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Emotional Development in Preschool Age Children (page 2)

By — Pearson Allyn Bacon Prentice Hall
Updated on Apr 30, 2014

Four-year-olds are beginning to develop a sense of humor. Four-year-olds may laugh simply to make others laugh. They will be amused at the things that adults do. This silliness is accompanied by a fascination with “potty” humor where words such as “poop” and “pee” can result in hysterical laughter from a group of four-year-olds. They are also beginning to understand the nature of a joke, when people say things for the sole purpose of being funny. Four-year-olds can spend endless amounts of time telling the same corny riddle or joke over and over and laughing each time.

At the beginning of three-years’ age, children also begin to have fears that they can identify. They want to sleep with a night-light on and will not go down into a dark basement alone. Monster books, such as There’s a Nightmare in My Closet by Mercer Mayer (1969) and Where the Wild Things Are by Maurice Sendak (1963), appeal to them. The books affirm what children already believe, “that monsters are really there,” but through the books the children are able to keep their fears in place. These fears and concerns are still present with four-year-olds. However, they are beginning to understand that a dream is different from something really happening and are beginning to distinguish between what they did and what they dreamed.

Four-year-olds are also beginning to understand that others have feelings, too (Denham, 1998). One little boy came into Matthew’s class with a big bandage on his knee. The teacher asked him what happened, and he said he fell when he was chasing his sister. Matthew said, “It must have really hurt.” Matthew touched his own knee where a scrape was healing. He said, “I fell off my bike the other day and cut my knee really bad. It was bleeding. I bet you cried; I did when I fell.” Being able to understand how another person feels is emerging.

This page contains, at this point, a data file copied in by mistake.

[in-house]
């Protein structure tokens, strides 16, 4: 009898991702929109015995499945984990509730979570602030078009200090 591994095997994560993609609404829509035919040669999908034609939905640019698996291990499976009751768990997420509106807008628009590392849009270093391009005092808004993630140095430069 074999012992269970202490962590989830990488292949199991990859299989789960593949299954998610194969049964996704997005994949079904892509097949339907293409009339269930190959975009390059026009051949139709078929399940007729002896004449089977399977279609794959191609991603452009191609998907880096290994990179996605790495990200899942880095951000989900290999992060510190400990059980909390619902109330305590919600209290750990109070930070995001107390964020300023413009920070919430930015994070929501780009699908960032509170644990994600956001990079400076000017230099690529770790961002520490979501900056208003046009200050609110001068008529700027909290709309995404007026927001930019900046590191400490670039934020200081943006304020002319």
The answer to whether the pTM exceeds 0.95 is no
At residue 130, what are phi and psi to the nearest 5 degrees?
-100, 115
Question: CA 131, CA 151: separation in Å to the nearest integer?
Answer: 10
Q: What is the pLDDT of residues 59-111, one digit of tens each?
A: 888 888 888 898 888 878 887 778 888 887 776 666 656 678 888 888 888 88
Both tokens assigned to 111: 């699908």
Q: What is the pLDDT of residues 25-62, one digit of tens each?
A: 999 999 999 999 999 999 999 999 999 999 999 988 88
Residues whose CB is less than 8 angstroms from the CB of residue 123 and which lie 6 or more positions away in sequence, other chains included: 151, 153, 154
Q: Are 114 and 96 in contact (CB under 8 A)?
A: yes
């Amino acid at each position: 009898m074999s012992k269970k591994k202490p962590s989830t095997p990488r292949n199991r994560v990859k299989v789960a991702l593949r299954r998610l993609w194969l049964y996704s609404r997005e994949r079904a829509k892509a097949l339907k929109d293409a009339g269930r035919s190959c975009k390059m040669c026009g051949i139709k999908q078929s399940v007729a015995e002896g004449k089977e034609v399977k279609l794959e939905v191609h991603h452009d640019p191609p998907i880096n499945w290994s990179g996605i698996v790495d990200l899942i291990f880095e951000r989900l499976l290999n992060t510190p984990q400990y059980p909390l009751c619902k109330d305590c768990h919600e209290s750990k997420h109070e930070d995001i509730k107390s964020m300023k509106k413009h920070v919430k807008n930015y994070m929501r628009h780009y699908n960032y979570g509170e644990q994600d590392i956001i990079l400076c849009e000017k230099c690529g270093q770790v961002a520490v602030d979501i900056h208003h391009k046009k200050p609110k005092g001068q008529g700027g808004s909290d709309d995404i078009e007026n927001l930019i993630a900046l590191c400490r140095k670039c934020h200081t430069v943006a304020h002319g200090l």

Separation from parents or primary caregivers can sometimes be difficult, especially at school, and can be the cause of emotional distress (Denham, 1998). On the first day of preschool, three-year-old Nathan and four-year-old Kenyatta both cried as their mothers left the classroom. Nathan held on to his mother’s leg as she tried to leave. Nathan’s mom still heard the cries as she waited down the hallway. When his mother peeked back into his classroom 10 minutes later, Nathan was still crying and asking for his mom. Kenyatta, however, was happily playing at the sand table. Three-year-olds, since they are less interested in playing with other children, are more interested in staying with their primary caregivers. For four-year-olds, fears concerning separation are typically short-lived and are harder on parents than on the four-year-old.

Five-year-olds are beginning to regulate their emotions and express their feelings in more socially acceptable ways. For example, Sally tells her mom about what happened in school. “I was really mad at Lisa today. She always wants to be the mom when we play house, but I want to be the mom sometimes.” Sally’s mother asks, “Well, what did you do about it?” “I used my words like you told me to,” said Sally. “I told her I wanted to be the mom today and she had to be the baby, but she said, ‘No!’ I stopped playing with her, but I’ll play with her tomorrow because she’s my best friend.”

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